This point of view was corroborated by defense expert, Dr. John Gerdes, who testified that any samples passing through the LAPD were suspect. When Barry Scheck asked him,"... is the LAPD, in terms of levels of contamination, worse than any other forensic laboratory you've ever seen?", Dr. Gerdes replied, "Definitely, by far." Since all the DNA samples in the case were processed at the LAPD before being sent to Cellmark or the California Department of Justice laboratories, the defense asked the jury in one stroke to discredit much of the prosecution's evidence. These allegations were, however, speculative, particularly regarding the specific details of whose blood was contaminating whose; nevertheless, the defense's clear, vivid and methodical exposure of the LAPD's inadequacies, the demeanor of its witnesses, and the prosecutions' defensive criticism of its own evidence all raised serious doubts about an otherwise incriminating circumstantial scientific case. As Barry Scheck noted in his closing argument: "You cannot render a verdict in this case of beyond a reasonable doubt on this kind of evidence, because if you do, no one's safe - no one. The Constitution means nothing." The Verdict The Simpson trial lasted one hundred fifty-nine days, and the jury deliberated for less than four hours to find Mr. Simpson not guilty of the charges. The speed with which they reached this verdict shocked America.

Many observers felt that the quick decision was a slap in the face to our system of justice, yet we must conclude that this is not so. Emotionally charged accusations of racism coupled with the public's lack of understanding of the science involved mask two key factors: the extent to which the jury could believe the prosecution's case was compromised and the effectiveness of the defense in communicating its case. Given the lackadaisical methods and procedures used to collect, store and analyze the evidence, the statistical uncertainty intrinsic to all DNA-based conclusions, the judge's instructions and the defensive, tedious presentation of the prosecution's scientific case, not guilty was a reasonable verdict. There were, however, other important factors that influenced the jury's consideration of scientific evidence in its decision-making process. In our next article, we will examine a new model of jury decision making under conditions of stress, Jury Trauma Syndrome, and will discuss the sources, uses and effects of emotion in the Simpson trial and in a general courtroom context.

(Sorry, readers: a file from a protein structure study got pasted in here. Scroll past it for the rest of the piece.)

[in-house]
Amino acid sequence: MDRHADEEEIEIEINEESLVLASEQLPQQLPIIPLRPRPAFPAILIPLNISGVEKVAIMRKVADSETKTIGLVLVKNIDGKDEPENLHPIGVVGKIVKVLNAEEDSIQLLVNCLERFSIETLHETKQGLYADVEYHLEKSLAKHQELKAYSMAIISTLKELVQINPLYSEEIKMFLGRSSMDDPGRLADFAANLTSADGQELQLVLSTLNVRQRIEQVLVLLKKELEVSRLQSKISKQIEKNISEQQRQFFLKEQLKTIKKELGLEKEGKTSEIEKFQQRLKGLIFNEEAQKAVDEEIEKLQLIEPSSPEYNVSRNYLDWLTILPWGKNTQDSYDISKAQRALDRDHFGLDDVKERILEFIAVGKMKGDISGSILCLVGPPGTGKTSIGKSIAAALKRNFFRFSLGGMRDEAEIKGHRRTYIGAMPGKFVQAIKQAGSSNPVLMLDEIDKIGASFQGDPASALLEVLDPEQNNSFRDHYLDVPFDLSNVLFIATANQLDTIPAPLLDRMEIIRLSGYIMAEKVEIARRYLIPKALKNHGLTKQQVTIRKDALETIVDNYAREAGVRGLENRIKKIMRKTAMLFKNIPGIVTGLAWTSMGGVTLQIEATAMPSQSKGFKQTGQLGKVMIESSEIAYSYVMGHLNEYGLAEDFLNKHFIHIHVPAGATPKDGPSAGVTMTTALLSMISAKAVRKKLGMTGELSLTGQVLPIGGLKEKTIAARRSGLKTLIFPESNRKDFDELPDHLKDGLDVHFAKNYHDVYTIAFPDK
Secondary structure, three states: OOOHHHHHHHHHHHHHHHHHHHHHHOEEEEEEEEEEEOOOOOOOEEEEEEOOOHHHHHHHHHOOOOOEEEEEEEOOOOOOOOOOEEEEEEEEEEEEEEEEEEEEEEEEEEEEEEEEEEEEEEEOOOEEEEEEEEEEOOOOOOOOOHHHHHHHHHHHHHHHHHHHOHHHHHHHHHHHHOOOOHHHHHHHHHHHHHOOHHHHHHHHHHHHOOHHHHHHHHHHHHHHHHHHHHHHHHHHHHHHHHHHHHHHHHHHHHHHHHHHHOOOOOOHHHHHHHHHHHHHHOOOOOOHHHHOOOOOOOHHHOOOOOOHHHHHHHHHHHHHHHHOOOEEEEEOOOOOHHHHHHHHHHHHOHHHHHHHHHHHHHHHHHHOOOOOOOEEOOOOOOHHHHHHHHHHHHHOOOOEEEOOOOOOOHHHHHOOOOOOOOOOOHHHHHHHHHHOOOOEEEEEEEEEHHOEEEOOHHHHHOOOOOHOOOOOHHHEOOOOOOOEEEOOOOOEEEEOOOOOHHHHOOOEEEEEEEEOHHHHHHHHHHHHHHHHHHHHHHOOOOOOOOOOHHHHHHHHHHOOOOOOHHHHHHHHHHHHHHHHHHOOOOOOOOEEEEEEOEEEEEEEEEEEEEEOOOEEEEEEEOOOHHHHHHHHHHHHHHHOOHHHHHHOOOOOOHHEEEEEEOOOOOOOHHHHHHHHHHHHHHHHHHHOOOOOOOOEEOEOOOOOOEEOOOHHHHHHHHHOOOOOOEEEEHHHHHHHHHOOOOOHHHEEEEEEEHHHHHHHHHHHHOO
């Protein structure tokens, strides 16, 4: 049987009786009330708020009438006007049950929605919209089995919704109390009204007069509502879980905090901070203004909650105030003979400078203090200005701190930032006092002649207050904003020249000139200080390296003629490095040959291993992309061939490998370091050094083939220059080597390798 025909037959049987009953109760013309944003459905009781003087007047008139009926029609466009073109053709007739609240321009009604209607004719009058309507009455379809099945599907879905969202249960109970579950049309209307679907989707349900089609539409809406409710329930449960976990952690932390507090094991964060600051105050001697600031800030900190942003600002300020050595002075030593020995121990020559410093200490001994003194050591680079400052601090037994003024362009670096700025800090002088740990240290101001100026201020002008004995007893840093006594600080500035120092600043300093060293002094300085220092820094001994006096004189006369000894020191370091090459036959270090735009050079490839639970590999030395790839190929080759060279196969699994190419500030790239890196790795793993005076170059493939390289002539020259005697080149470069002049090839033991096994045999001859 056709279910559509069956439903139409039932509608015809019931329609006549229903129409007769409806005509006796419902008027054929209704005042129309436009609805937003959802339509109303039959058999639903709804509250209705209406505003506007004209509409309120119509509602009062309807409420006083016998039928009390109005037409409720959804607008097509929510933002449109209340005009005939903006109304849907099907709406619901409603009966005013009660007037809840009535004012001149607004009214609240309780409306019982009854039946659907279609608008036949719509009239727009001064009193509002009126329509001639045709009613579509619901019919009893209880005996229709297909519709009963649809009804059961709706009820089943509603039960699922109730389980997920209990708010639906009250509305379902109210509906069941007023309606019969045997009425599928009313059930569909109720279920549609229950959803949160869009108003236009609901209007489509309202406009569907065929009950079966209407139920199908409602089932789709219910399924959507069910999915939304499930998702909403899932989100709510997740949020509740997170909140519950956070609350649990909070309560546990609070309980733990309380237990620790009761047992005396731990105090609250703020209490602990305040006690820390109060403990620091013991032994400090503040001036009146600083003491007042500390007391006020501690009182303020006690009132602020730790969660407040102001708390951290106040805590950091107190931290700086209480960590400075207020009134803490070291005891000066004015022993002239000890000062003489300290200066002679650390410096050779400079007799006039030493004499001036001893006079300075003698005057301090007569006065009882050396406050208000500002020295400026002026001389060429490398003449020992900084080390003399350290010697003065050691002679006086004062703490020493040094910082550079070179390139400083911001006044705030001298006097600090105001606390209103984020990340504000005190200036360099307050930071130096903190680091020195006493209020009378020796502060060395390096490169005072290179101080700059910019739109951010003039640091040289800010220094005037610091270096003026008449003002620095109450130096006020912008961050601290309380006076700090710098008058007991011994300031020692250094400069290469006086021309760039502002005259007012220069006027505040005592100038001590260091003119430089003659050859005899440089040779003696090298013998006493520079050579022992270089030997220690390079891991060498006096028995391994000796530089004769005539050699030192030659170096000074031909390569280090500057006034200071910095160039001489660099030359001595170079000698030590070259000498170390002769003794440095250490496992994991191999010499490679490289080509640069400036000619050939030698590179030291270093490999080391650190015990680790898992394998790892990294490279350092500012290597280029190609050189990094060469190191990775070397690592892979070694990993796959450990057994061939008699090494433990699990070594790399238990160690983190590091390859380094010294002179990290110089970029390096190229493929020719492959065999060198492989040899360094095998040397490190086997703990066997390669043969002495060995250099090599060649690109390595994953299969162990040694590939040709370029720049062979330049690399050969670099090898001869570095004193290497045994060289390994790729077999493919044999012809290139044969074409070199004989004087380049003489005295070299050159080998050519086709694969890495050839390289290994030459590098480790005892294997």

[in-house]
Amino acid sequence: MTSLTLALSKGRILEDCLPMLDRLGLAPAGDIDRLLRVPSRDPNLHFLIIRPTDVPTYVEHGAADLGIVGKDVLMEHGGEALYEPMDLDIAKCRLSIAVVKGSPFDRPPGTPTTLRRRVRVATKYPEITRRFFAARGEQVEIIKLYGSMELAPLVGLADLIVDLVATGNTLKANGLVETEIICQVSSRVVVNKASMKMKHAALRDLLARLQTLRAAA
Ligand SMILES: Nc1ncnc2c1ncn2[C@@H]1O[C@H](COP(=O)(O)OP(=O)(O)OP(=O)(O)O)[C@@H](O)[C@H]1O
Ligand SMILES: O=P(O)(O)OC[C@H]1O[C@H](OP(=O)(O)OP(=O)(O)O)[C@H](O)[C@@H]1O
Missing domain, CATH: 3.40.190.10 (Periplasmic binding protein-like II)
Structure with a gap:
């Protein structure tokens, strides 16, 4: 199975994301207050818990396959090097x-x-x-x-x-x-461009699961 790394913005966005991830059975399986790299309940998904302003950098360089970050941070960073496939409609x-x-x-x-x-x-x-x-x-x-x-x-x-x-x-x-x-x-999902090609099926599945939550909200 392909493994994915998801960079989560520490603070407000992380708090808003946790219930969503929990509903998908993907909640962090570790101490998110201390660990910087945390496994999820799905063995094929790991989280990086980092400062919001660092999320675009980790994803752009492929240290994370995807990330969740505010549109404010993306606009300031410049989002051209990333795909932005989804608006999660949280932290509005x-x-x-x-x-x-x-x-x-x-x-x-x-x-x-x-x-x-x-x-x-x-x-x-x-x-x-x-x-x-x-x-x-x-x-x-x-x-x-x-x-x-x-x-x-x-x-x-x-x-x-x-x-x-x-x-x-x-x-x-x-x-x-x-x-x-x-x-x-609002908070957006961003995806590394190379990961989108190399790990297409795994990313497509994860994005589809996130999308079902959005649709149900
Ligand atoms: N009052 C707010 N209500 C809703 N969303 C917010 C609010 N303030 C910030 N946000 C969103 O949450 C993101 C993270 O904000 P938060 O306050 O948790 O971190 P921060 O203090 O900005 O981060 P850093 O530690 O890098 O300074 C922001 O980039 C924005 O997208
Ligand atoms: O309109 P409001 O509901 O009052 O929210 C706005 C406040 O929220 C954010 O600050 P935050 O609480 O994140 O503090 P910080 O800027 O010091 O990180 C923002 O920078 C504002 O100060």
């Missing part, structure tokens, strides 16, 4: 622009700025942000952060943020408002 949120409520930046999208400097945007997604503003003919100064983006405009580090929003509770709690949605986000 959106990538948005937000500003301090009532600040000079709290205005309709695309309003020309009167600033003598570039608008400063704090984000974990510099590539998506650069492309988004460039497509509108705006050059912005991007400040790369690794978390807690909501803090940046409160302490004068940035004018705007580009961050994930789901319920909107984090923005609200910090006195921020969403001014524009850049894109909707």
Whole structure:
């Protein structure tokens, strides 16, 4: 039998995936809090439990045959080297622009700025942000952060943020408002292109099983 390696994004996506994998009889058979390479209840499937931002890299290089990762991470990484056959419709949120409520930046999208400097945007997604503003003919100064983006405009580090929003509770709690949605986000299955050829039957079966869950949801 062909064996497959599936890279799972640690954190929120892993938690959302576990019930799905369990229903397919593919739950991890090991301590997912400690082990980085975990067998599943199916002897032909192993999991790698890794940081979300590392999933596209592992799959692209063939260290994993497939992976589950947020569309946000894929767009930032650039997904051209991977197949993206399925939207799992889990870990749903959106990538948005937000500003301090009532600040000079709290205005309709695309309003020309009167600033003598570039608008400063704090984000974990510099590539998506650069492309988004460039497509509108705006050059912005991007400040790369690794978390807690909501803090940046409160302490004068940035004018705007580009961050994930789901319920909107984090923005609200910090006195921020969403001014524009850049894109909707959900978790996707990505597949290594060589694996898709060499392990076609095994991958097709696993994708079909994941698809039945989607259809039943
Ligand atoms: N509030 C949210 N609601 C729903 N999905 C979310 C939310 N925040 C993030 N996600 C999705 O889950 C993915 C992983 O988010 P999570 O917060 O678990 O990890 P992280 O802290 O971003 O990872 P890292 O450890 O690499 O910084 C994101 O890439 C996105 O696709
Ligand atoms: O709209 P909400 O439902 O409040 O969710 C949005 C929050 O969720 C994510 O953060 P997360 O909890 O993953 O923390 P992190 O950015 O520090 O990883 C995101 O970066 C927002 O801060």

Sources and suggestions for further reading:

  1. The primary sources for our work are trial transcripts available on the internet. These include a number of in camera meetings relating to juror dismissals, which provide a great many useful insights: www.islandnet.com/~ walraven/ simpson.html
  2. National Research Council, DNA Technology in Forensic Science, National Academy Press, Washington, 1992. A good source for those interested in an expert committee's view of the field. It includes both legal and scientific matter.
  3. Dershowitz, Alan M., Reasonable Doubts, Simon & Schuster, NY, 1996. Chapter four of this thought-provoking work deals with the evidence in the context of alleged police perjury. We disagree with some of the interpretations given to the scientific evidence, but heartily suggest the book to readers interested in this case because of its thoughtful treatment of many important issues.
  4. Coleman, H. & Swenson, E., DNA in the Courtroom A Trial Watcher's Guide, GeneLex Press, Seattle, 1994. A simpler introduction to DNA technology and its applications than the NRC report.
  5. Rantala, M.A., O.J. Unmasked: The Trial, the Truth, and the Media, Catfeet Press, Chicago. An excellent compilation of the scientific evidence. Its focus is refutation of the defense arguments.